Ann Lowe, the black designer who made Jackie Kennedy’s wedding dress

The neglected story of the designer who dressed Rockefellers and Rothschilds

The nuptials of celebrities, royals, socialites and inevitably their wedding dresses are such a major part of popular culture that it stands out that the designer of Jackie Kennedy’s wedding dress remains largely unknown.


Ann Lowe, the black designer who made said dress, was born in 1898 into a lineage of seamstresses. Her grandmother Georgia made clothes for her plantation mistress before being freed in 1860, and her mother Jane was particularly gifted at embroidery. Ann inherited their talent, learning how to make beautifully crafted fabric flowers, her signature, at the age of six. The three generations of women opened a dress company together and when Jane died suddenly, Lowe at sixteen finished the dress her mother had started for the First Lady of Alabama.



Anne married in 1912 and promptly left her first husband when a Florida socialite invited her to Tampa to make a wedding dress and trousseau for her daughter. Five years later, she was accepted into New York S.T Taylor Design School. Lowe’s gifts shone and her designs were shown as examples to her white classmates, who she had to work separately from under the Jim Crow laws. After graduating, she opened Ann Lowe’s Gowns in Harlem and New York’s elite – du Ponts, Roosevelts, Rockefellers, Kennedys – quickly became frequent clients. She also made dresses for the top stores – albeit without her name on them or with her name second on the label. When she was featured in the 1966 edition of Ebony, the paper described as the ‘dynamo’, who was ‘living proof’ of how much black people can achieve, while she called herself “a terrible snob”. At the height of her popularity, she turned out an average of 1,000 gowns a year, had a staff of 35 and grossed $300,000 annually. But Lowe’s dresses were always worth more than they cost.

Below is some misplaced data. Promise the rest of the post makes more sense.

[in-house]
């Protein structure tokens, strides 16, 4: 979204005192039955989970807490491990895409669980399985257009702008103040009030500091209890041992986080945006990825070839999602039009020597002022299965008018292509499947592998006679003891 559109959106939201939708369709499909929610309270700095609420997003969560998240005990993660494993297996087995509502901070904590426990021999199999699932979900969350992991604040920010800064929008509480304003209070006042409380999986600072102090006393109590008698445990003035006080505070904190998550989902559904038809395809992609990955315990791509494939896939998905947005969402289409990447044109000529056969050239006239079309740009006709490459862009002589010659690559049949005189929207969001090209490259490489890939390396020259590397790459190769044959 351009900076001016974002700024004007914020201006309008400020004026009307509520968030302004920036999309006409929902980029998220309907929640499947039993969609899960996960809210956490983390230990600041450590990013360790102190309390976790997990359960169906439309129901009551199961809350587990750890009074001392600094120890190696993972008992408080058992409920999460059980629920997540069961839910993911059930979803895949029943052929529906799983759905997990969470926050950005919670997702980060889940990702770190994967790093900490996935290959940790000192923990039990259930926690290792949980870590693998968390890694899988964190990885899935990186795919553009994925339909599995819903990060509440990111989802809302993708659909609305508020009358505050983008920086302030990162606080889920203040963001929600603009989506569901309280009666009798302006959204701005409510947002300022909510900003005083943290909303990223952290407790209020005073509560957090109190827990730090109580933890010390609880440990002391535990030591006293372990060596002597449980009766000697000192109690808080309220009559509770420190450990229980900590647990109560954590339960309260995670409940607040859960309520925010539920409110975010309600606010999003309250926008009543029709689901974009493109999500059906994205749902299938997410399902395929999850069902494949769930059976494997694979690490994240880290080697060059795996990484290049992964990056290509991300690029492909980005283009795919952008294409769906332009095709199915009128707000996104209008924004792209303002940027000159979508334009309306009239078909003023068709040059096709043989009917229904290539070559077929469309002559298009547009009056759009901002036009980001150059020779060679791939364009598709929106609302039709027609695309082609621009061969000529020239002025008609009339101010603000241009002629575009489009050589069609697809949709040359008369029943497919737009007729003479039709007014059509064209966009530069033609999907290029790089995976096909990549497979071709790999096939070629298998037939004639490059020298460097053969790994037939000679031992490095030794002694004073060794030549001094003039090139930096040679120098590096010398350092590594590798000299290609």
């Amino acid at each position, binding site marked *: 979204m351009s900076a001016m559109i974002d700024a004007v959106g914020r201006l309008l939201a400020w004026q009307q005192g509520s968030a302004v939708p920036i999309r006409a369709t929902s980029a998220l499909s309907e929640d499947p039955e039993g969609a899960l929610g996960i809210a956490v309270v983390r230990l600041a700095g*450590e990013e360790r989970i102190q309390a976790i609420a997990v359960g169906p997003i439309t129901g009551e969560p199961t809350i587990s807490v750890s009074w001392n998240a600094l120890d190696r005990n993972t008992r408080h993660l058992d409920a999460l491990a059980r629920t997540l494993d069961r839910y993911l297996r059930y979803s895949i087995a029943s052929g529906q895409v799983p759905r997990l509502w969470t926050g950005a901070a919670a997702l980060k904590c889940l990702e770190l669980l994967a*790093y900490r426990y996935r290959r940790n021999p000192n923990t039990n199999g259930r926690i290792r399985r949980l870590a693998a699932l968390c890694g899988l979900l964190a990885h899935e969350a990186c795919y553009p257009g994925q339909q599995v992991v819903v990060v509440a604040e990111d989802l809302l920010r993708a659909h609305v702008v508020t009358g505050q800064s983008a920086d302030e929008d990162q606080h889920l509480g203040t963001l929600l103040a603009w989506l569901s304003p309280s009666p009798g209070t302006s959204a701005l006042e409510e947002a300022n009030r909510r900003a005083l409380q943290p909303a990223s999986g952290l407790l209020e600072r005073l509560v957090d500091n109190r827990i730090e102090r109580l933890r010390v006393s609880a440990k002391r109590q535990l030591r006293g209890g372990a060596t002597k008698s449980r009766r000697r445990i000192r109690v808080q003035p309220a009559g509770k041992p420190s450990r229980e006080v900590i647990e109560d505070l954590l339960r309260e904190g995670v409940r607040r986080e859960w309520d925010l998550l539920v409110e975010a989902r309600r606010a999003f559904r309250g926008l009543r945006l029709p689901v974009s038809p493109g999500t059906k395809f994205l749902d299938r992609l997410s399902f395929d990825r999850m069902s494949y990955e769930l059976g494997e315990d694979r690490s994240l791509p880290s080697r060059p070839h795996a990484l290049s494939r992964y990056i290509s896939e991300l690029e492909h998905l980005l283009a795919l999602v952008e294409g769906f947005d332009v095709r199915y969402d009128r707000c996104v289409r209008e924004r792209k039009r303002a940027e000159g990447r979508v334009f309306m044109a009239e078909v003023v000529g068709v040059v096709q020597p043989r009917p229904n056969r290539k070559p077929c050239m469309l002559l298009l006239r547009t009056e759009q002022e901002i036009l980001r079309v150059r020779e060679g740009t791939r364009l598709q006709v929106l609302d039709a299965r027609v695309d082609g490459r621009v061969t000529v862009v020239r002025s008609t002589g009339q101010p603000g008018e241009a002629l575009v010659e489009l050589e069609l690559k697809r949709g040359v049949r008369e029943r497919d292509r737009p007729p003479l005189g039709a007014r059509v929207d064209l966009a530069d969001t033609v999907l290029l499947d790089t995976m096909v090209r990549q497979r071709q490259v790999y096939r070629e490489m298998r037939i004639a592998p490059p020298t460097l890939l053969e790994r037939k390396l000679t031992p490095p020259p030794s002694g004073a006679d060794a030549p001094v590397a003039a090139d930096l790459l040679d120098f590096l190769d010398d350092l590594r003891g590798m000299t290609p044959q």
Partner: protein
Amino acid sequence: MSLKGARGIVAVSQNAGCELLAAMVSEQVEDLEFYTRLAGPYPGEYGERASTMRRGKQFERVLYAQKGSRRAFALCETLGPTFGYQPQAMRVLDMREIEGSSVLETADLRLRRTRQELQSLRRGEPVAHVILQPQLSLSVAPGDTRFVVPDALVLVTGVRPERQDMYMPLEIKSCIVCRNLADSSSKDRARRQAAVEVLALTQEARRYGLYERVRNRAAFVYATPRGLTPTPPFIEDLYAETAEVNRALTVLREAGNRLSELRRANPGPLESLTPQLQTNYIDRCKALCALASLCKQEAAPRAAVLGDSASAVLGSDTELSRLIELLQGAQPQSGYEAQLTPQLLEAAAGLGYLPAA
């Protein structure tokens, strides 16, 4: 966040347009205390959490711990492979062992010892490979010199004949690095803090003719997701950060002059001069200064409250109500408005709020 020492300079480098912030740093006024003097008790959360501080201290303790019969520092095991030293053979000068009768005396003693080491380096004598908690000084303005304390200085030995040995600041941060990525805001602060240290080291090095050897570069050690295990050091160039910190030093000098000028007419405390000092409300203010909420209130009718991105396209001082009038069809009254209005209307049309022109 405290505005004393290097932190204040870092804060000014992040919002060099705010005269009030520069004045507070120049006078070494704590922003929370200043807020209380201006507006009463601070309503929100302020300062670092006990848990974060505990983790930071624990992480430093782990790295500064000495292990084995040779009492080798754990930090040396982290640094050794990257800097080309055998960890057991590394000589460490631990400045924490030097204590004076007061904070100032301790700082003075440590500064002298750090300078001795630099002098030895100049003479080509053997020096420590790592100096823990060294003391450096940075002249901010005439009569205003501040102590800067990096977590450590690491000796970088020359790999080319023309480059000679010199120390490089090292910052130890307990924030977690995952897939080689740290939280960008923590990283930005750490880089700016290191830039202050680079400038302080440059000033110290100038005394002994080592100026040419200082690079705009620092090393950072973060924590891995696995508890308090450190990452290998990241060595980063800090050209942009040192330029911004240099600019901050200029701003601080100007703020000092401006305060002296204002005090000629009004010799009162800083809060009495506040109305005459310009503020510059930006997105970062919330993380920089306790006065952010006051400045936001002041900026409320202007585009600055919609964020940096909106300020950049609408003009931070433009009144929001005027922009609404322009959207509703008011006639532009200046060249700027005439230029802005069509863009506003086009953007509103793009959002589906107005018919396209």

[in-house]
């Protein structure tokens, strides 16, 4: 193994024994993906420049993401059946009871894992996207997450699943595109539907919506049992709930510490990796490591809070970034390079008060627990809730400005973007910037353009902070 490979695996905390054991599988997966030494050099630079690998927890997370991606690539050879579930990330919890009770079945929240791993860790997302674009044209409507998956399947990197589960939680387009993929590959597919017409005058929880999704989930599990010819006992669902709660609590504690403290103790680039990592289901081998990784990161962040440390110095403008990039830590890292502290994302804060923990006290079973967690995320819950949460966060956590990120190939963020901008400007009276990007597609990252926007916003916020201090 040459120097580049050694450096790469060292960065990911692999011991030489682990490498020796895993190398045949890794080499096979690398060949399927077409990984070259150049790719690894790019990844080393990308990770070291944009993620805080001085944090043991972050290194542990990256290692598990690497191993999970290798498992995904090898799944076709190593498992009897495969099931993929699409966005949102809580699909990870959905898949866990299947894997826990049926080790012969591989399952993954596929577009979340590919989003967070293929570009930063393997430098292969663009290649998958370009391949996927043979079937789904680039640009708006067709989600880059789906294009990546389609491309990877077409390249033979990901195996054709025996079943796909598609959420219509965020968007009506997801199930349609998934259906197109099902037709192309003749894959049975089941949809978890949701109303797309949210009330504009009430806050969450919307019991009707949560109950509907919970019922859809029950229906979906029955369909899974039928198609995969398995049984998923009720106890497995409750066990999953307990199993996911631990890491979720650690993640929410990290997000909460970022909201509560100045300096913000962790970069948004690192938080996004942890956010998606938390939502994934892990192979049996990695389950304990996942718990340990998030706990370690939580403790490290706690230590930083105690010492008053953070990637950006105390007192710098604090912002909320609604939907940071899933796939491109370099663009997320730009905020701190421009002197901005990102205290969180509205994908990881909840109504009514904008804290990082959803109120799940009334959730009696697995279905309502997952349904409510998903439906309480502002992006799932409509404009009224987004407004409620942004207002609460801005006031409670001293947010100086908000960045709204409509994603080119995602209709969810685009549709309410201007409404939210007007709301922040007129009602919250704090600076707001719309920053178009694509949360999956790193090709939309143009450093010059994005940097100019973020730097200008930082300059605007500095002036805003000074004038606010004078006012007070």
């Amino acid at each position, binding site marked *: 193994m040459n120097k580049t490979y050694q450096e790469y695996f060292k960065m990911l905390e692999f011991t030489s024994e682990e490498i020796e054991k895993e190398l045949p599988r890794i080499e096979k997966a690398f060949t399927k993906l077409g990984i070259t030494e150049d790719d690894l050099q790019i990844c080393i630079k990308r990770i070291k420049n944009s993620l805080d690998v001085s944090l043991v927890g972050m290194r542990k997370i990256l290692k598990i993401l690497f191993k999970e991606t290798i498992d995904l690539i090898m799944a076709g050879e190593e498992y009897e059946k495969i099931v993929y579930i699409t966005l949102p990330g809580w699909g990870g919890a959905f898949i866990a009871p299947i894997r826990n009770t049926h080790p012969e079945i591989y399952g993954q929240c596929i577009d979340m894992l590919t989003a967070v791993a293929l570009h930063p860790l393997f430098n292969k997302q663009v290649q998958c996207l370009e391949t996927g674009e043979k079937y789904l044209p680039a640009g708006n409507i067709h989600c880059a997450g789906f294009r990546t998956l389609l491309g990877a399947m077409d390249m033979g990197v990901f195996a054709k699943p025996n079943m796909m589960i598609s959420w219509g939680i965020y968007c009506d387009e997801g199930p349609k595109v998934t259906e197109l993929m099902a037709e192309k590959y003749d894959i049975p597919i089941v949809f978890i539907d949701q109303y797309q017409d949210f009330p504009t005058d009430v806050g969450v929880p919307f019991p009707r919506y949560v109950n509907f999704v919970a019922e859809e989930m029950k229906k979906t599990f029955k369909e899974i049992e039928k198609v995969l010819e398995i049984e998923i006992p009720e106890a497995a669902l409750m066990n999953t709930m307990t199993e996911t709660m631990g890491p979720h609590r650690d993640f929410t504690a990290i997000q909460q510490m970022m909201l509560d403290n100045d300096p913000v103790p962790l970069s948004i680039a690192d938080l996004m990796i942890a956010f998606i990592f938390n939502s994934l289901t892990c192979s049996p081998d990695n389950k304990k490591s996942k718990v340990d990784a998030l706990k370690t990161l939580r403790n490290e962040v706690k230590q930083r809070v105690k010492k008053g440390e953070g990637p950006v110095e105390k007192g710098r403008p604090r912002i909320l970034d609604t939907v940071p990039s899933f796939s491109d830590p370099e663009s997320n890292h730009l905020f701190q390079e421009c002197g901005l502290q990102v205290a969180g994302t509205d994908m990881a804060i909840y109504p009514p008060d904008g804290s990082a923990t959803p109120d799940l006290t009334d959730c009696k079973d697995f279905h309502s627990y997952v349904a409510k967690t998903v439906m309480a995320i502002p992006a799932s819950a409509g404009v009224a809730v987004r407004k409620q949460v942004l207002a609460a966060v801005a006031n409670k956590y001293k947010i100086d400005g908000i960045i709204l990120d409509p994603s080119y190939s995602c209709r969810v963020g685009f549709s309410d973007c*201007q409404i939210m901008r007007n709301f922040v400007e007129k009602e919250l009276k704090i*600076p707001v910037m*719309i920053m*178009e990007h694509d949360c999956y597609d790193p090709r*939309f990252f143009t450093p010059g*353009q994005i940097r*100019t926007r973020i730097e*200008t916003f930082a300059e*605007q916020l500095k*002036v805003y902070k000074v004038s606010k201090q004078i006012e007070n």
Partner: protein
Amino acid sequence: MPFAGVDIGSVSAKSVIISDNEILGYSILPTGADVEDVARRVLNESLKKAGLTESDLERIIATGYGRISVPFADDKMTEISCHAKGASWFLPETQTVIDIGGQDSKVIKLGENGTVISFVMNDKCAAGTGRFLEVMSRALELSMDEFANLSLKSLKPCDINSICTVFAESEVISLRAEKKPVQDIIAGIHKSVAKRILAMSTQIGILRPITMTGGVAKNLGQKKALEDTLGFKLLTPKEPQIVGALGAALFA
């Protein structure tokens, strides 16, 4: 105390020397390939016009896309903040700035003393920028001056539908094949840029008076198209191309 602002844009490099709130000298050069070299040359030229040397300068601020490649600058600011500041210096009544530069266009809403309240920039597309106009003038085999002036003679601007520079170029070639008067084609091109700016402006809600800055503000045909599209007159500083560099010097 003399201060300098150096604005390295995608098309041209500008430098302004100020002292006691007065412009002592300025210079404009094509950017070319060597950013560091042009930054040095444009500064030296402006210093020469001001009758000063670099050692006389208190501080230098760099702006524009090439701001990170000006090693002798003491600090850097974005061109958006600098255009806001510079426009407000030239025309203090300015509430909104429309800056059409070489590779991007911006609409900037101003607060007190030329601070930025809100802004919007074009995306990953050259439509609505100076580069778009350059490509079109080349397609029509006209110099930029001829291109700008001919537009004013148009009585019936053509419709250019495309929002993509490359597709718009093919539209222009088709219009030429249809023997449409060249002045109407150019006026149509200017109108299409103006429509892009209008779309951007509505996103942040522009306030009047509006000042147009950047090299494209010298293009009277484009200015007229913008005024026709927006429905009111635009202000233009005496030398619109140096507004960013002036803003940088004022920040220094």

As is the case for many people who pave the way for others, Lowe’s story of success was undercut at each turn by discrimination. When asked who had made her wedding dress, Janet Lee, future first lady, replied ‘a coloured dress-maker’. Sixty years on, Ann Lowe should be remembered by name, as a designer and woman ahead of her time.